Environment

Reversible adhesive could boost recycling of electronics

According to the United Nations, 20 to 50 million metric tons (22 to 55 US tons) of e-waste are discarded annually
According to the United Nations, 20 to 50 million metric tons (22 to 55 US tons) of e-waste are discarded annually
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According to the United Nations, 20 to 50 million metric tons (22 to 55 US tons) of e-waste are discarded annually
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According to the United Nations, 20 to 50 million metric tons (22 to 55 US tons) of e-waste are discarded annually

Electronic waste is a growing problem, and if we're ever going to get on top of it, then we need to be able to recycle electronic devices as thoroughly as possible. Thanks to a new temperature-sensitive adhesive, doing so could soon be easier than ever.

The various components of gadgets such as smartphones are often bonded to one another with adhesive, as opposed to being screwed or riveted. This approach keeps the weight of the device down, plus the adhesive may also sometimes serve extra purposes such as insulation or damping.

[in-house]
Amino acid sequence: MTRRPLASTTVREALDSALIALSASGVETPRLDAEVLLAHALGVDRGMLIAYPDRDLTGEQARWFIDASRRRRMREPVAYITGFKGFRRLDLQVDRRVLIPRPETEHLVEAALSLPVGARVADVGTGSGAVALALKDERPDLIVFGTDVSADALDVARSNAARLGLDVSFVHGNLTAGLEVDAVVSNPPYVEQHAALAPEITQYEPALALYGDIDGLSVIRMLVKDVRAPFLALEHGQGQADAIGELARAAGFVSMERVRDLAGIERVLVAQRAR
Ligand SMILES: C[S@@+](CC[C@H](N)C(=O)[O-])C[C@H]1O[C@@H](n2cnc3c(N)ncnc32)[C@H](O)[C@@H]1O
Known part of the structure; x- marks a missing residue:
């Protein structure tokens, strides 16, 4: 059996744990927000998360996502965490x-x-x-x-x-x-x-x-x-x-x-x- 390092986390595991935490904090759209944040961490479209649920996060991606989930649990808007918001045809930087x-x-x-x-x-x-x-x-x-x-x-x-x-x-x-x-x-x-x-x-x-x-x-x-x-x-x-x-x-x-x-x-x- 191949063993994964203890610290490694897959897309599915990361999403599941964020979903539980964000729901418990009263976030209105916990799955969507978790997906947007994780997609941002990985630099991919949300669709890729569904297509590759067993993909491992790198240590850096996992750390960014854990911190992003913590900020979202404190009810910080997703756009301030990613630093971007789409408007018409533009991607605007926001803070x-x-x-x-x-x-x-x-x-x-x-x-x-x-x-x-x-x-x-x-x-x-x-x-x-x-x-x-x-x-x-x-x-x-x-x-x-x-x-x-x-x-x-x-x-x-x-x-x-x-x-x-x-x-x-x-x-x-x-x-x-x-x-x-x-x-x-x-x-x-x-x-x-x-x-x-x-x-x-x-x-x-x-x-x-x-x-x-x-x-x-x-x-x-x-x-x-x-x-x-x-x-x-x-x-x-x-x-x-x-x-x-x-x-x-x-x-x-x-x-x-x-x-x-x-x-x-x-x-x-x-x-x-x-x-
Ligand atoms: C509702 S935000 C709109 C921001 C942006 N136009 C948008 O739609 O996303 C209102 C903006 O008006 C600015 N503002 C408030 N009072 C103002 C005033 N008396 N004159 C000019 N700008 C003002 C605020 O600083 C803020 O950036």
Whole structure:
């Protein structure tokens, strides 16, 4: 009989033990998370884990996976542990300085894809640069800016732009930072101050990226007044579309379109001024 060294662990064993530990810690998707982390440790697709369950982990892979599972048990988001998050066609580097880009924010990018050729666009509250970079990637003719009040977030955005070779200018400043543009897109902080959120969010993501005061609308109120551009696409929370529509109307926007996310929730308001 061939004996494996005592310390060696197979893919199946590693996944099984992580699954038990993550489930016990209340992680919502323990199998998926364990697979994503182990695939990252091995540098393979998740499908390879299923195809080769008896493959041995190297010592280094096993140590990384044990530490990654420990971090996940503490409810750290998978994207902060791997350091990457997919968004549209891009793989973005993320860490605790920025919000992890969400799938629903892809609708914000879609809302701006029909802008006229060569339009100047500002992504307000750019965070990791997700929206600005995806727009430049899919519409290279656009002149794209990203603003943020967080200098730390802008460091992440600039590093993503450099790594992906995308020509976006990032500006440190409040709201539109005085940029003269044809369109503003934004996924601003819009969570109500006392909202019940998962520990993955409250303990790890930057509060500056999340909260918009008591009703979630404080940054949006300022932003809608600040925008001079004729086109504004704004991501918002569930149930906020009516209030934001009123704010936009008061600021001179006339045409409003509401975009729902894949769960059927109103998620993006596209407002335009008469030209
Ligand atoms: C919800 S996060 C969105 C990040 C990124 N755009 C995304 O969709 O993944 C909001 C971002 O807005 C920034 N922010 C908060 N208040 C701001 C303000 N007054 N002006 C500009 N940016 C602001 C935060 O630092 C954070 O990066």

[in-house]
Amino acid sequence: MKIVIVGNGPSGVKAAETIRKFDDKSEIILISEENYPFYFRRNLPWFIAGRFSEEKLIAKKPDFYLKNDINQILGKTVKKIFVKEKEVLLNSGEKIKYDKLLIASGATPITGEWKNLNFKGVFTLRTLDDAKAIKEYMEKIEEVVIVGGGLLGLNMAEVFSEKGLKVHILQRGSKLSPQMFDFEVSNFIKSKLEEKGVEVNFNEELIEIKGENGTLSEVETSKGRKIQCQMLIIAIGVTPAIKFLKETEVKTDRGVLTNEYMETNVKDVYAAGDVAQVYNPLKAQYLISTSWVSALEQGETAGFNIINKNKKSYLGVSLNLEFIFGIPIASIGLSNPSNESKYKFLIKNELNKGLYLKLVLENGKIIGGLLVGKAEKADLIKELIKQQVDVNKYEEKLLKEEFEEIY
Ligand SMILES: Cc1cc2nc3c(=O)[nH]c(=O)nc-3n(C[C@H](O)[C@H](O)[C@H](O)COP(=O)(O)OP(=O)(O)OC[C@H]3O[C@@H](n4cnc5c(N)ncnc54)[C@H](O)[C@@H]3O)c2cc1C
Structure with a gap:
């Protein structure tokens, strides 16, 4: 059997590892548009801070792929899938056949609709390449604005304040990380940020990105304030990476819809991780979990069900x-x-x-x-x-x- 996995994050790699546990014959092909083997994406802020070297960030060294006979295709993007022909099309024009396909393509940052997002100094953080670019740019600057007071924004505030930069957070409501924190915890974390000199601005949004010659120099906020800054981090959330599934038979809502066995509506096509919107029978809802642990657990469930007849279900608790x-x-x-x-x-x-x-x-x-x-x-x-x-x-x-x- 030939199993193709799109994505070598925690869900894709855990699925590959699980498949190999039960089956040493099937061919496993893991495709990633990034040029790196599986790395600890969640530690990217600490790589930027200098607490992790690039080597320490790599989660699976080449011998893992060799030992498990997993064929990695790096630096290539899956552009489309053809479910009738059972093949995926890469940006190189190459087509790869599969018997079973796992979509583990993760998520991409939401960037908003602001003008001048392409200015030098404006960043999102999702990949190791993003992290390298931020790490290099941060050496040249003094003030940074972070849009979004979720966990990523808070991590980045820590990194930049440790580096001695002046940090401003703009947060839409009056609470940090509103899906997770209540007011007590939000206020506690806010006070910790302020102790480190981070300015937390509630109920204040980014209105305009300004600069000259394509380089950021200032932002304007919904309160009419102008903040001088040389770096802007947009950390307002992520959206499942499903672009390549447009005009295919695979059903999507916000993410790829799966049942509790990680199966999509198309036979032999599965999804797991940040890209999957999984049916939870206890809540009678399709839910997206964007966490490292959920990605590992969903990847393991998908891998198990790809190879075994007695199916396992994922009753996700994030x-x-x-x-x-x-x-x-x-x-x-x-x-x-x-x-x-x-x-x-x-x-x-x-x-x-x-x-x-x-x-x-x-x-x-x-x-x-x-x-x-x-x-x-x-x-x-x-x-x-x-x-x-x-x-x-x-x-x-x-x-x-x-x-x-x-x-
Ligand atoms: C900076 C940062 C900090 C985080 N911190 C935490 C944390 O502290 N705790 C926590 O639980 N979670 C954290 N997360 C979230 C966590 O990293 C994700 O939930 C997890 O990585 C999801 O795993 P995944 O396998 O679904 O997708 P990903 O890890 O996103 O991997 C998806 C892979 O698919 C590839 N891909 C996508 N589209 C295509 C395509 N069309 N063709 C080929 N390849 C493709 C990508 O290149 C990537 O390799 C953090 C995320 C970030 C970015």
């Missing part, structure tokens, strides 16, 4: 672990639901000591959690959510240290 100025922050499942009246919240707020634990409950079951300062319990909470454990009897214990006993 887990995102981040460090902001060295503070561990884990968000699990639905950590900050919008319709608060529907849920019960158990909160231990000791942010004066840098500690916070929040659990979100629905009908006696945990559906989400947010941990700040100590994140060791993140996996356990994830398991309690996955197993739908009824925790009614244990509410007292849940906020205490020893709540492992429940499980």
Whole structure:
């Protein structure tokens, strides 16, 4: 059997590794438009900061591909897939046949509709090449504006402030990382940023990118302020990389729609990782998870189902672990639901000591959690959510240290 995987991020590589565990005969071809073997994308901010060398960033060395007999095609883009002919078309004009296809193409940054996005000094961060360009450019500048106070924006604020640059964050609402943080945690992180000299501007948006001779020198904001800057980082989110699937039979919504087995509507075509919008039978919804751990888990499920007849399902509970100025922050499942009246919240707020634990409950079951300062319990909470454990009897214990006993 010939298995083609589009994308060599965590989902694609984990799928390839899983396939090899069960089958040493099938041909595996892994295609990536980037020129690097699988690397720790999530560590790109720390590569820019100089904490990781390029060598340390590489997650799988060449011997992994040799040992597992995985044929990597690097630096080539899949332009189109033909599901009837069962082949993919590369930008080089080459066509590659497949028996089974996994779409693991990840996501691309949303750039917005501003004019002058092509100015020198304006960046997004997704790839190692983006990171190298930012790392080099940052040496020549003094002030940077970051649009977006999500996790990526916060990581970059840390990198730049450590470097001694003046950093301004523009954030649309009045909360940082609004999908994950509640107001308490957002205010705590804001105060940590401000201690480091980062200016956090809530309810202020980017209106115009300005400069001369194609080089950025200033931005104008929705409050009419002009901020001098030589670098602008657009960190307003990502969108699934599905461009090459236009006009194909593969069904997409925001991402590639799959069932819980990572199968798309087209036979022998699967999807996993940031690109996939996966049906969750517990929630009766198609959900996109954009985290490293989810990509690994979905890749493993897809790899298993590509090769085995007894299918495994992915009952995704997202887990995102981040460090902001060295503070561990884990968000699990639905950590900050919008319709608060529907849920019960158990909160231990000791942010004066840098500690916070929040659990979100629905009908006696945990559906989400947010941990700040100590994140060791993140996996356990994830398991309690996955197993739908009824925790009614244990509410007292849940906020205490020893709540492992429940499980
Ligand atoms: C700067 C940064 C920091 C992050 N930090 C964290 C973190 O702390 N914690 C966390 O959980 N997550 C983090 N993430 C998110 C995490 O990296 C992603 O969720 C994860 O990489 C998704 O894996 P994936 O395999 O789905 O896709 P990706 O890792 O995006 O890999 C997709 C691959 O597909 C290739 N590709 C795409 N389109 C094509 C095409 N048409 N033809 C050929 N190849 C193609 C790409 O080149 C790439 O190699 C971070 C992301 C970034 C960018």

Unfortunately, though, disassembling those devices may be difficult. De-bonding the components can take a lot of time and energy, and sometimes involves the use of harsh chemicals. Additionally, the parts can be damaged in the process of pulling them apart.

Led by Prof. Christopher Barner-Kowollik, scientists at Germany's Karlsruhe Institute of Technology (KIT) instead looked to an adhesive that they originally developed for use in dentistry.

Made up of long-chain polymer molecules with predetermined breaking points, it remains stable and bonded at room temperature, but disintegrates at temperatures that are significantly warmer yet still not impractically hot. And while the exact "target" temperature can be tweaked according to the intended use of the adhesive, Barner-Kowollik tells us that the effect can be achieved at temps as low as 60 ºC (140 ºF).

This means that electronic devices utilizing the adhesive would presumably still hold together in hot weather, yet wouldn't require too much energy to be heated sufficiently for recycling. And as an added bonus, the adhesive indicates that it's reached the disintegration point by turning pink.

KIT has patented the technology, and is now working with industrial partners to commercialize it.

Source: Karlsruhe Institute of Technology

5 comments
yawood
OK, it won't fall apart on a hot day but what about the heat generated inside the electronic device? Sometimes they can get pretty hot. It will need to be tweaked a fair way.
Mr T
Interesting material, a lot of makers would like to get their hands on this glue as well.
MerlinGuy
Interesting idea that misses the point completely. The major phone maker don't want their products to be easily recycled because that means they can be easily repaired. More repaired, less sold. Wake up.
aki009
If this ever becomes popular, the easiest way to disassemble a cell phone will be to "forget" it on the dashboard of a car in the summer...
Douglas Bennett Rogers
I have a working 286 computer and 3 VCRs, not to mention lots of Generac parts!